The Quattro Studi per il piano-forte are not pieces focused on a specific element of piano technique, but “studies” almost in the chess meaning of the term, hence compositions that must work “only” in the way conceived by their author. The dynamic and articulation markings are very precise and at times “extreme”. Morricone entitles them “for the piano-forte”, where the hyphen serves to stress their also being studies on the control of the different dynamics, often juxtaposed in opposition. The Primo Studio (1983-84, dedicated to his son Andrea) begins with barely audible sounds, as if to investigate the “borderline” between sound and silence. Immediately after, he uses the fortissimo (fffff) for the long notes, which make up a slow melodic line that Morricone himself defined as “cantus firmus”, while within the resonance of these notes there is a second pianissimo voice (ppppp). The Secondo Studio (1986, dedicated, according to the manuscript, to the pianist Arnaldo Graziosi) prescribes playing each chord first fortissimo and right after pianissimo, with the dampened resonances controlled by the pedal. But in the Terzo Studio (1988, dedicated in the manuscript to the pianist Antonio Ballista) the contrast between piano and forte occurs in a synchronic sense, that is, between the two hands: the left hand is generally piano, while the right hand engages with more dynamically varied incursions. In the Quarto Studio Morricone applies dynamic contrast to the entire structure of the piece, which is in A-B-A form. He prescribes playing all of part A forte and all of part B piano, or vice versa, as I have chosen to do in this recording: part A piano and part B forte. The obsessively rhythmic writing hints at certain jazz procedures, and it is no accident that the Studio is dedicated to the jazz pianist Enrico Pieranunzi, a longstanding collaborator of Ennio Morricone.

The Quattro Studi were written in different periods, between 1983 and 1989, and, though published together, do not necessarily have to be performed as such. I therefore preferred to alternate them with pieces of music for the cinema. In Cane bianco (from Samuel Fuller’s rare American film White Dog, 1981) we find a similar atmosphere of tension produced by the reiteration of resonances and the repetition of the same series of three notes. Between the Secondo and Terzo Studio there is Il potere degli angeli, music written for Giorgio Albertazzi’s 1988 TV movie, originally entitled Gli angeli del potere, based on the the Czech writer Pavel Kohout’s novel Maria Fighting with the Angels. As Albertazzi himself writes, the film begins with a woman whom the “angels” push to kill herself by a kind of psychoanalytic persuasion. Who are these angels and who is this woman? The woman is a famous actress, a star of the Prague theater, married to a cinema operator. The angels are the fantasized embodiment of power. In his piano version, Morricone indicates a slower tempo than in the soundtrack. The more rarefied writing here, which begins and ends pianissimo, softens the obsessive atmosphere of the original, but increases the tension with the sense of emptiness created by the greater “space” between the notes, which harks back to the contemplation of the resonances heard in the Secondo Studio. Between the Terzo and Quarto Studio we can hear the famous motif  “Uno che grida amore” from Giuseppe Patroni Griffi’s Love Circle (1969), originally sung by the iconic voice of Edda dell’Orso. The interval of the seventh, with which the main theme begins, is the same that we find in the Quarto Studio, based on short rhythmic riffs that are reiterated in an incessant tour de force, always different, yet equally obsessive, especially in the central part, which also explores the low and high regions of the keyboard.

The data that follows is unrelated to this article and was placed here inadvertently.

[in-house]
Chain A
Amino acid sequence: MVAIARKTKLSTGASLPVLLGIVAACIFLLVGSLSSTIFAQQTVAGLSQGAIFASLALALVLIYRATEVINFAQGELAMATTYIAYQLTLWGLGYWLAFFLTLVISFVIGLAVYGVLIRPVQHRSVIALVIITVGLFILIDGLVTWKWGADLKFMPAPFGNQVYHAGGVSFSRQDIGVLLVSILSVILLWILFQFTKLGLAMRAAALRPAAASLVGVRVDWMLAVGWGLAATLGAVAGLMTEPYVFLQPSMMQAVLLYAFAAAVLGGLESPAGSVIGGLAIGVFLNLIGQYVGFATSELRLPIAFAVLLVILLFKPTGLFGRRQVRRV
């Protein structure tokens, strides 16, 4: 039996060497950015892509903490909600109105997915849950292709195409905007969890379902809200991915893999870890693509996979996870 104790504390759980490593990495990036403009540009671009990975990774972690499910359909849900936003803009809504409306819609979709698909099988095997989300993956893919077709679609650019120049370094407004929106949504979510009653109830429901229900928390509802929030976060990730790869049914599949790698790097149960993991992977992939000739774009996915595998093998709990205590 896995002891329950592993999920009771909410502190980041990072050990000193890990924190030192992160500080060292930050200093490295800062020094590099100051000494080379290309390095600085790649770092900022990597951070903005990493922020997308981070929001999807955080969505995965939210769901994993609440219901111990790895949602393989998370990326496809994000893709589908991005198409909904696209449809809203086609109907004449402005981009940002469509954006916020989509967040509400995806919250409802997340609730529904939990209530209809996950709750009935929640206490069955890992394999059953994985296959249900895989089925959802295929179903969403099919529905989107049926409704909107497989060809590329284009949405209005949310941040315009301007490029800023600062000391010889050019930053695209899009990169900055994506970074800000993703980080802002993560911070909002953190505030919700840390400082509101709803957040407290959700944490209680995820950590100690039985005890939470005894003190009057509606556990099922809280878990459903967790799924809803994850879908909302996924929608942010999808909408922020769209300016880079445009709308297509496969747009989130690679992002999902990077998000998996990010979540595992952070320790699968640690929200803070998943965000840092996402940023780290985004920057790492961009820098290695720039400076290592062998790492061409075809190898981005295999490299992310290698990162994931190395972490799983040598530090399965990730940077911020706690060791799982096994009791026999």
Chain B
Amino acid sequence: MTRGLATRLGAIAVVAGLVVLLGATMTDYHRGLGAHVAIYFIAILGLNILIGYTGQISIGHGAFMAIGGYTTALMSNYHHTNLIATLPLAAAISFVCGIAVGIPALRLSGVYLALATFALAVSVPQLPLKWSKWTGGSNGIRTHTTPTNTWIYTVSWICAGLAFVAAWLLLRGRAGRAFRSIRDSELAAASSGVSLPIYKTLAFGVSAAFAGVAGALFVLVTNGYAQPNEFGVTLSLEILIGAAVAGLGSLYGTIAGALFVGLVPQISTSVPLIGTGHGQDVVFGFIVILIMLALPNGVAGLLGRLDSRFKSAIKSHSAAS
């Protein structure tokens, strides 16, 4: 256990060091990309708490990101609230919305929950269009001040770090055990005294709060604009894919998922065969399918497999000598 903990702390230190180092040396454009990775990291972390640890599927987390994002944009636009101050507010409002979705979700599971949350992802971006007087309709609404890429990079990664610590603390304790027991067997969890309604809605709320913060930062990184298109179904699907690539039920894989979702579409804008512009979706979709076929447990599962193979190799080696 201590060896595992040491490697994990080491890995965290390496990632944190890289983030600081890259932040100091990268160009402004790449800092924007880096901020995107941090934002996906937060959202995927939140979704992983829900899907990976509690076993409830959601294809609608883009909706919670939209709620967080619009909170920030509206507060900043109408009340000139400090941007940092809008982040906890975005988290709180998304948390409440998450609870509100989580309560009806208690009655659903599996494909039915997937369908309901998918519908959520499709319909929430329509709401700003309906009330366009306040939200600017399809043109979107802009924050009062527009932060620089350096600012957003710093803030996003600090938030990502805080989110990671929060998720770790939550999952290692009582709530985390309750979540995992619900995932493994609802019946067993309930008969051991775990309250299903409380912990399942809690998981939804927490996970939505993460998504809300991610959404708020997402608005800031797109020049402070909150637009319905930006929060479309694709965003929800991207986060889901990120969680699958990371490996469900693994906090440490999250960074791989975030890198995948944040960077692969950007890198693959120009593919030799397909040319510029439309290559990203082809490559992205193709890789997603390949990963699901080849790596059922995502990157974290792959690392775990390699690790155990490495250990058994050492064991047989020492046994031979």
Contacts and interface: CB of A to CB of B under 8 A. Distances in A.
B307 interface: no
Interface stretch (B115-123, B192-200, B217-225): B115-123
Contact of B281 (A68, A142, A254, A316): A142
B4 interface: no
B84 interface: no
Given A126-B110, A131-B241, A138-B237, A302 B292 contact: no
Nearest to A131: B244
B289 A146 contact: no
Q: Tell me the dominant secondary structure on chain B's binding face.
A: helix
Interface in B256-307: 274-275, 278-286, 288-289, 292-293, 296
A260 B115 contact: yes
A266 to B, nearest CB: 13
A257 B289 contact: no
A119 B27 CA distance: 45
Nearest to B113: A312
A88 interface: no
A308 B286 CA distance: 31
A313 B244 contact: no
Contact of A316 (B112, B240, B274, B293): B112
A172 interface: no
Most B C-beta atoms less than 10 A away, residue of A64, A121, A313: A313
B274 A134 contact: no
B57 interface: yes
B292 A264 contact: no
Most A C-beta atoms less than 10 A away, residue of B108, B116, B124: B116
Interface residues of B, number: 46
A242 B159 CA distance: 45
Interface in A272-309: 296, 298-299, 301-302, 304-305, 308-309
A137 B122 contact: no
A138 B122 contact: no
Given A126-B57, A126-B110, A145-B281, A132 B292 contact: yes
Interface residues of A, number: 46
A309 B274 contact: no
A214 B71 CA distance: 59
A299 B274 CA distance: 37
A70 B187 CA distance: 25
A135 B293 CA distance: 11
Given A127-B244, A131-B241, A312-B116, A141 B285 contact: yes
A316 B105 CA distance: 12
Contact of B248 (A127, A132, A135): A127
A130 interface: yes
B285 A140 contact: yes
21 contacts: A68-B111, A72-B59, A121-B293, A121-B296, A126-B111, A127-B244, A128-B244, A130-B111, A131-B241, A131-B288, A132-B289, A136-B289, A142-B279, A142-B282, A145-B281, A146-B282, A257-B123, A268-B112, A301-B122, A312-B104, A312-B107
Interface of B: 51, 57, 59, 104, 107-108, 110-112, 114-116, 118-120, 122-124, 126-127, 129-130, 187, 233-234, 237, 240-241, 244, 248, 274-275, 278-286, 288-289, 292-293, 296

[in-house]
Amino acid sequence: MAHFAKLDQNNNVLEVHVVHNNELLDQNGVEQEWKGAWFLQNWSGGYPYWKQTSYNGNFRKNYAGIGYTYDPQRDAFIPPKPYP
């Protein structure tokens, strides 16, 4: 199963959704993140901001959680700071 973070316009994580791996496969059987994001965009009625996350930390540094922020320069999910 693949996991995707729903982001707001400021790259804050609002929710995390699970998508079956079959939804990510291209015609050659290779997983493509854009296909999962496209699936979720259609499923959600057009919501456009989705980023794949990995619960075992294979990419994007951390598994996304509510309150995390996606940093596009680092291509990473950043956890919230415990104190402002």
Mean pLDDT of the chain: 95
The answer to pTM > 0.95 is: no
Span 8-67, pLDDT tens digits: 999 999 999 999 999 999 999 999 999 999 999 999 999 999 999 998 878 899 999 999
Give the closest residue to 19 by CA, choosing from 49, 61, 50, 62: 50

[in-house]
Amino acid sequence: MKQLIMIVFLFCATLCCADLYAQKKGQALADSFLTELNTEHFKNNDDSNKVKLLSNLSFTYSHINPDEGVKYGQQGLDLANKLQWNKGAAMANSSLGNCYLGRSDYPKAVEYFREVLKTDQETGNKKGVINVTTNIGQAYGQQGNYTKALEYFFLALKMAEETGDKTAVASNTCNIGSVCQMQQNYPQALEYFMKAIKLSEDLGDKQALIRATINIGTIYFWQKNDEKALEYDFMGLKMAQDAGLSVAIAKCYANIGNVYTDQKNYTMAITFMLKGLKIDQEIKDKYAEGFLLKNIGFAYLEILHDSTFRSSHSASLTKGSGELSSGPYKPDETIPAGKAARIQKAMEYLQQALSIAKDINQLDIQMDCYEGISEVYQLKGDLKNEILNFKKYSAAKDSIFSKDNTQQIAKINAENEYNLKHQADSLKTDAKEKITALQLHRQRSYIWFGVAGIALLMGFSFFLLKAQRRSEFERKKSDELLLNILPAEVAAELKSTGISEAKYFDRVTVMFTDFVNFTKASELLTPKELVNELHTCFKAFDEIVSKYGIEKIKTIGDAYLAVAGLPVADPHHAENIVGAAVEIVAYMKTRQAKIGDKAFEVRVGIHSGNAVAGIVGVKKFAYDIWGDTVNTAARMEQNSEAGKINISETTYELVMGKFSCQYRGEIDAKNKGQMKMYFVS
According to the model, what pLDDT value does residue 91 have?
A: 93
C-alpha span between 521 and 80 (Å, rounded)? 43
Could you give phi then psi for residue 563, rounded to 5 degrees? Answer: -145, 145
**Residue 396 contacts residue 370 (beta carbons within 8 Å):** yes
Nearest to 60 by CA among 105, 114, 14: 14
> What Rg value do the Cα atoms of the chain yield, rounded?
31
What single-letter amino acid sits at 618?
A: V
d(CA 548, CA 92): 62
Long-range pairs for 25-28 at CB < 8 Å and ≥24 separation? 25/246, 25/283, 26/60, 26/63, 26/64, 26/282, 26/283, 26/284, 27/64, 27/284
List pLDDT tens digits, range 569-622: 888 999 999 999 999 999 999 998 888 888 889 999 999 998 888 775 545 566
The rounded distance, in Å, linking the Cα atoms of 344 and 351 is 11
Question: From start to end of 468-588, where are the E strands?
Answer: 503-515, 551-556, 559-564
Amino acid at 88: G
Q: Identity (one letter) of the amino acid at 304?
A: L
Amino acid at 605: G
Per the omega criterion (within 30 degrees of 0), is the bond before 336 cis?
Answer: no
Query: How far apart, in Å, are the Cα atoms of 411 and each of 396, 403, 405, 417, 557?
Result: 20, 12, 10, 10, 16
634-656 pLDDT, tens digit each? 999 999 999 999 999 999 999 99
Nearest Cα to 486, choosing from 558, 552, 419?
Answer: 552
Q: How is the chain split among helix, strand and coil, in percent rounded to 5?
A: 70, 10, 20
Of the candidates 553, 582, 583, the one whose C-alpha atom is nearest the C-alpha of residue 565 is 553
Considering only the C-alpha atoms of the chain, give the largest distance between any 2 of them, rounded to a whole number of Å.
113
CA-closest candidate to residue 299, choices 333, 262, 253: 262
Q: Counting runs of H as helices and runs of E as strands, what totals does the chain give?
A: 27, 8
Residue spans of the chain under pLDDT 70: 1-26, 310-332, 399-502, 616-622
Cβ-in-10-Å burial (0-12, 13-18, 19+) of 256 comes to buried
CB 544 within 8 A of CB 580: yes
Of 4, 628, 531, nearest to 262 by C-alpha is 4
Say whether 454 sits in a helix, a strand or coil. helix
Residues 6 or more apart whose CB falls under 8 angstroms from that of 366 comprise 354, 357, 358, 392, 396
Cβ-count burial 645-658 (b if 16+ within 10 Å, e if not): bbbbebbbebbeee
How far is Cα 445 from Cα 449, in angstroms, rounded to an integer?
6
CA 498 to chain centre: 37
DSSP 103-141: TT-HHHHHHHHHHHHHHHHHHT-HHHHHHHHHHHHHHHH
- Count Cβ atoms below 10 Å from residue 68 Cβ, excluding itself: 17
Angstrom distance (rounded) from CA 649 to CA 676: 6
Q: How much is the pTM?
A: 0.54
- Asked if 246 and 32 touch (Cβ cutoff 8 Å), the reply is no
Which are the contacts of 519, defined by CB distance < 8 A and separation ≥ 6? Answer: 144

After so much sonic and contrapuntal density, comes one of Morricone’s most inspired piano transcriptions: “Le stagioni, gli anni”, from The Desert of the Tartars (1976), in which the music revolves constantly around a repeated B, with a four-note motif, similar to what Morricone would use twenty-two years later in The Legend of 1900. Here too Morricone achieves a moving intensity, where yearning, nostalgia and hope blend masterfully together.